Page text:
The CLO Machine is Slowing Down
After the summer break the first two primary CLOs are being marketed with BlackRock and Fair Oaks looking to price €300m and €350m deals, respectively, in the next week. Price guidance suggests the lead managers expect reasonable demand, and given the lack of supply, that’s probably a fair assumption. The CLO primary market has taken longer than expected to get going this month, which may point to lower issuance for the rest of the year.
In 2019 the CLO machine delivered well over €30bn of new CLOs, a post-crisis record. This year started out in a similar vein, aided by healthy leverage loan supply, but from March onwards there has been a significant slowdown for obvious reasons. January looked to be extremely busy for leveraged loan investors, but half of the primary supply came from re-pricings of existing deals rather than new loan stock; great timing for those companies, it must be said. Of the €39bn of European leverage loan issuance up to the end of August, some €15bn was issued in January, almost as much as all the supply between February and June. The knock-on effect of this meagre loan supply is that there hasn’t been much to buy for CLO managers looking to fill their outstanding warehouses and replace prepayments in their existing CLOs.
The primary market for CLOs themselves has been a little bit more steady; clearly CLO managers have been able to ramp their deals for a long period of time so have had less disturbance from the drought of loan supply recently, but this clearly impacts future issuance. Recent primary deals have been smaller and some of the larger CLO managers have been on hold for a while now. Having spoken to most of the largest arranging banks we believe most of them do have deals in the imminent pipeline, though most of those warehouses were set up pre-COVID and we have heard that setting up new warehouses has been more tricky (the banks charge more and generally have less risk appetite).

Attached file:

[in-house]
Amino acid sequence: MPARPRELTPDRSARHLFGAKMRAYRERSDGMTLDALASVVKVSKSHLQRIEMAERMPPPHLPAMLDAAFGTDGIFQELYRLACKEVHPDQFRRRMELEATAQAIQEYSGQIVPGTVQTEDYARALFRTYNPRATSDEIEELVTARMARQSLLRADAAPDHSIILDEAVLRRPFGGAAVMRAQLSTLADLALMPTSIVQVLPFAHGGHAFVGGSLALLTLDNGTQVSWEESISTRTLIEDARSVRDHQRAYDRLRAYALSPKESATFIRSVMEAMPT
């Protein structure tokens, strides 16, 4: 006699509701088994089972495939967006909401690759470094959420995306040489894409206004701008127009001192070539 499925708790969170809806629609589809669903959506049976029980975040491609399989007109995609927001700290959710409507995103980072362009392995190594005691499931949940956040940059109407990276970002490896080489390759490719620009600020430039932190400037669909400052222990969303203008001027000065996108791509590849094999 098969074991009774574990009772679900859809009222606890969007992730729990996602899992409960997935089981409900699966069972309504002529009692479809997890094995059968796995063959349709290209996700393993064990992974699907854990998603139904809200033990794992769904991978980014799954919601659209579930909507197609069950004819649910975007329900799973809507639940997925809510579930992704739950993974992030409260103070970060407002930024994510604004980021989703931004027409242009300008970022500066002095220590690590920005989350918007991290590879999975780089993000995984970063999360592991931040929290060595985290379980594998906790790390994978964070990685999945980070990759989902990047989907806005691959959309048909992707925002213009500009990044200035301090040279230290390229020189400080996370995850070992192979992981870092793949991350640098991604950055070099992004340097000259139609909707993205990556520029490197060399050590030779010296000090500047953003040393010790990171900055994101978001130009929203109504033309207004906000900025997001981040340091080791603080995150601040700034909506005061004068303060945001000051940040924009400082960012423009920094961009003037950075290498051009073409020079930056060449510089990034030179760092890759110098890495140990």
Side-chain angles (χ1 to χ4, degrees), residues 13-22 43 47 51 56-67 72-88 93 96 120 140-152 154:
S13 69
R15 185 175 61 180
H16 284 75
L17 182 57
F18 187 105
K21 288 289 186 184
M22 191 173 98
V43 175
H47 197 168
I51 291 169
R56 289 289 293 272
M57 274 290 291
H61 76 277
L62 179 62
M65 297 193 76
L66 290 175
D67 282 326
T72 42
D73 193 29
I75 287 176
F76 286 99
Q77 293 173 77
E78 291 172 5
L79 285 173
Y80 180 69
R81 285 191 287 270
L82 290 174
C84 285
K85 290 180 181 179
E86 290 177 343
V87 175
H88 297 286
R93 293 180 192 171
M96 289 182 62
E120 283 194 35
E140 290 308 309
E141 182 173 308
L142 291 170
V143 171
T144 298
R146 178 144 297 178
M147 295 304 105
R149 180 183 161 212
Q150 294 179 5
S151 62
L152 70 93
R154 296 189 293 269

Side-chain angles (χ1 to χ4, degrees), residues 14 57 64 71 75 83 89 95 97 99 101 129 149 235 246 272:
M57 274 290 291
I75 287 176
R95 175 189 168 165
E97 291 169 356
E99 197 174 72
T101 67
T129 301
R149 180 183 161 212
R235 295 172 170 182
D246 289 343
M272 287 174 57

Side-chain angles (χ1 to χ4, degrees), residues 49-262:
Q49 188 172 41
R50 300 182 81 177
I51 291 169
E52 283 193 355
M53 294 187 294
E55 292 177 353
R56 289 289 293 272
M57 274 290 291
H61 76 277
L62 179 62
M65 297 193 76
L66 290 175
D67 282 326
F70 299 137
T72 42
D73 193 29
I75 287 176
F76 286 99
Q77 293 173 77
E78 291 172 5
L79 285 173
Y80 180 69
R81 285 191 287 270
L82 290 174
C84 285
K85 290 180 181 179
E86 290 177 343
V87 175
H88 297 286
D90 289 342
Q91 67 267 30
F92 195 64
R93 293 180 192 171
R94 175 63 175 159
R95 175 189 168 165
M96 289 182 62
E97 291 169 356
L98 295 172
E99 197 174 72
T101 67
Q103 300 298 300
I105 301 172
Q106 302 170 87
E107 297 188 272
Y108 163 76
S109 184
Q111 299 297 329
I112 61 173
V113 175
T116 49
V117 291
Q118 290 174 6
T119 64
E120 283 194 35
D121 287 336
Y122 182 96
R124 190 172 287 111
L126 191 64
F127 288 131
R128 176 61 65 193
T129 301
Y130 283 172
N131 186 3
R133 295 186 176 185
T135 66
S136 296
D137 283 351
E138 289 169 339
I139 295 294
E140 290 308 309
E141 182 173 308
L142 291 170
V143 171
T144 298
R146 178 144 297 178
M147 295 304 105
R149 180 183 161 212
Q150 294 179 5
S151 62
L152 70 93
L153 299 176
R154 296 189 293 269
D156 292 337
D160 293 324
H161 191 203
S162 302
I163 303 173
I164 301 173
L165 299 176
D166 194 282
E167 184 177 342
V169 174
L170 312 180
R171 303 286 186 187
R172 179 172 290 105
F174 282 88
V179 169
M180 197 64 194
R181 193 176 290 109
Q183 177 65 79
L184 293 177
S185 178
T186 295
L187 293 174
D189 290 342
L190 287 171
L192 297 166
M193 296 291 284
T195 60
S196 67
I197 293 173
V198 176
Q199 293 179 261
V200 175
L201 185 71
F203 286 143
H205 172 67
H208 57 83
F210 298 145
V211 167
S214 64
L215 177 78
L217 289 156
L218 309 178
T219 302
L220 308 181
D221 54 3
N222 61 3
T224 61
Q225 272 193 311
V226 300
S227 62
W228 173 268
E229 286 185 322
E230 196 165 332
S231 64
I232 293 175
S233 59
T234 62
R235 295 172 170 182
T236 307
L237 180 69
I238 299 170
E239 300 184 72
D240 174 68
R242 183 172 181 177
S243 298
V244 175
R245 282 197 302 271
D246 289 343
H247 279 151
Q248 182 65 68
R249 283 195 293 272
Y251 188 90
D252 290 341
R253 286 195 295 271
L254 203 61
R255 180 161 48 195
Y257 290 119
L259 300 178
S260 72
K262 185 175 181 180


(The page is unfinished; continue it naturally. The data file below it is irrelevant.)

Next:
After the pipeline for the next few weeks supply will probably reduce even further into the fourth quarter, and the slowdown will probably last until at least the first quarter of 2021. Geoff Horton, Barclays’ global CLO strategist, has recently revised his full-year 2020 forecast for net supply to €15-18bn, which we think this is a reasonable forecast. If spreads tighten further then €20bn of net supply isn’t impossible either, but that’s only another 15-20 CLOs issued in 2020 and a significant drop from last year.
There are still plenty of potential bumps in the road (Brexit, the US election, COVID-19 developments and so on) but the positive technical created by dwindling supply has the potential to push spreads tighter in coming months. CLOs should outperform mainstream credit as a result, especially as fundamental performance has improved over recent months.